Managing the cost of living crisis for housing associations and residents

Hugh Swainson, 13 July 2022

Rising costs are continuing to place housing associations under financial pressure. Housing associations are already balancing increasing costs of new development, building safety, decarbonisation, general maintenance, and debt servicing against tenant affordability when setting rent increases for 2022/23.

Inflation breaks 9%

Inflation hit 9.1% in the 12 months to May 2022 (based on the Consumer Price Index), the fastest rate increase in 40 years.

Many forecasters predict that the rate could peak at the end of 2022 due to increases in the energy price cap (also known as the Default Tariff Cap) in October 2022, which is likely to see a further rise in fuel bills. While the predicted level of inflation varies, expectations for the peak level of consumer price inflation (CPI) typically is between 8.5% and 11%.

There is consensus that by the end of 2023 inflation levels are likely to have reduced, with CPI forecasts for October to December 2023, averaging 3%.

Energy prices are the largest contributors to the high levels of inflation currently seen, alongside other household costs. The basket of goods for furniture, household equipment and maintenance rose by 11% in the year to May 2022 – the largest increase since the Office for National Statistics began to accumulate this data in January 2006. These are areas in which providers have significant costs, and the above inflation rises should be factored into forecasting and risk assessment.

Increases to interest rates

Bank of England interest rates have also risen – up to 1.25% in June 2022, the highest rate for 13 years.

Based on 2021 Financial Forecast Return submissions, the sector anticipates a 34% increase in debt drawn down (to a total of £114bn) by 2025/26. These increases to base interest rates mean that this increased debt will be more expensive to service.

Many housing associations hold variable debt, but the impact will also be seen on the interest rates achievable on new or renewed fixed rate borrowing.

The rent setting dilemma

The current Rent Standard allows most housing associations to increase social rent from April 2023 by a maximum of CPI for September 2022, plus 1%. In determining the increase to apply, housing associations should seek to balance the impact of cost increases on tenant affordability against their own capital requirements.

Impact on residents

As with housing associations, tenants have not seen increases to their income relative to the increased cost of living.

Changes to Universal Credit are typically confirmed by early December of each year, however this only provides an indication of affordability for a proportion of tenants. For others, affordability will remain hard to ascertain and setting rents too high risks increased tenant arrears and reductions to the welfare of tenants.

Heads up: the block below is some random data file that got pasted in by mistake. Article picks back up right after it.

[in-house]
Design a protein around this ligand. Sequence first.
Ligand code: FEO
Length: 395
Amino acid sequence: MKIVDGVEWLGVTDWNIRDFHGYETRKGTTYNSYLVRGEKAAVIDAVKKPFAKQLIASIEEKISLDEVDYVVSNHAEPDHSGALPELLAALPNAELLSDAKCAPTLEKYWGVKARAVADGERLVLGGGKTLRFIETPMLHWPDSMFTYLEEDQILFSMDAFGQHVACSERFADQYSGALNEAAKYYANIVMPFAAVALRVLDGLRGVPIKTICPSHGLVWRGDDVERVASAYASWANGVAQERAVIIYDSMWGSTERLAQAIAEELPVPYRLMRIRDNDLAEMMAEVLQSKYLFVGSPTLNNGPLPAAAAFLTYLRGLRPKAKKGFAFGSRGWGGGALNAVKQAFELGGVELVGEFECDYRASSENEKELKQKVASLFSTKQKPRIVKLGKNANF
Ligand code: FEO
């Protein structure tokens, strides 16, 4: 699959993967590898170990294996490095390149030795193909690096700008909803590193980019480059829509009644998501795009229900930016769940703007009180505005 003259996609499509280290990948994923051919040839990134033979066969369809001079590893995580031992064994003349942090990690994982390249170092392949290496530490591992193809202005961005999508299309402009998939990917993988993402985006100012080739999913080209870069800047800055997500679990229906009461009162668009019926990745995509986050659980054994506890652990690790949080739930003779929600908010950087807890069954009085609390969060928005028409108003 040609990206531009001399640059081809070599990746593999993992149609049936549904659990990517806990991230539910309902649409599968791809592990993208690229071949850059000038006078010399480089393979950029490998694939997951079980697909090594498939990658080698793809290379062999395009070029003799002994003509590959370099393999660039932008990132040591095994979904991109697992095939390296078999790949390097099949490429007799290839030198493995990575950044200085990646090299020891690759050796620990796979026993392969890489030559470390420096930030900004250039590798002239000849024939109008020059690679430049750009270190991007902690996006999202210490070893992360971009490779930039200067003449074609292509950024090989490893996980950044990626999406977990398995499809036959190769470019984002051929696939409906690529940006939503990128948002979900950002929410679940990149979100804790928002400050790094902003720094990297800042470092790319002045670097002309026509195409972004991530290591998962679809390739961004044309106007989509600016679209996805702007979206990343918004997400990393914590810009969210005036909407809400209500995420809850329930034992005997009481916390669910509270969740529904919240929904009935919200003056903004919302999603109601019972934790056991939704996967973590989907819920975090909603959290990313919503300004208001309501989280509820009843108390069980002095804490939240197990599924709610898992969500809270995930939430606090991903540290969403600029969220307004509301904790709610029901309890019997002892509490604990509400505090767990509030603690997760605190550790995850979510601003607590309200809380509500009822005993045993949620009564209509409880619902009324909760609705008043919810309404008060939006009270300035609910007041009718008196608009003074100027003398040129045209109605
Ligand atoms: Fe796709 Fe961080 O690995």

Impact on housing associations

When considering the level of rental increase, housing associations are encouraged to model a greater range of inflation assumptions in budget and forecast planning, alongside varying rates of increases to rent charges, to take into consideration the squeeze on resources.

The 2016 Rent and Welfare Reform Act saw a 1% reduction in social rents each year between 2016 and 2019. This meant income from social tenants was below inflation rates of the previous September by 0.9% (2016), 2% (2017), 3.8% (2018), 3.2% (2019). Housing associations can look to lessons from this period as part of their response to the emerging risk of cost increases.

Housing associations should also consider the costs required to run day to day operations, maintain the standard of homes and ensure lending facilities will not be recalled. Inevitably to facilitate these rising costs, discretionary investment will be an area of focus for managing budgets, and we are likely to see housing associations reduce investment in new stock, and for decarbonisation investment to be deferred slightly until such time that the economy is more stable.

Showing consideration of a broad range of scenarios in this planning will allow time for early discussions to be held with lenders.

The complex task of setting rents is even more challenging at present, with increases in 2022/23 likely to vary more than over recent years. Detailed consideration is therefore required to ensure that housing associations conclude on a rate which justifiable to all stakeholders.

This blog represents the views of the author and not the NHF. The NHF has been working closely with members on the 2023 rent increase. If you would like to discuss this in more detail, please contact Will Jeffwitz.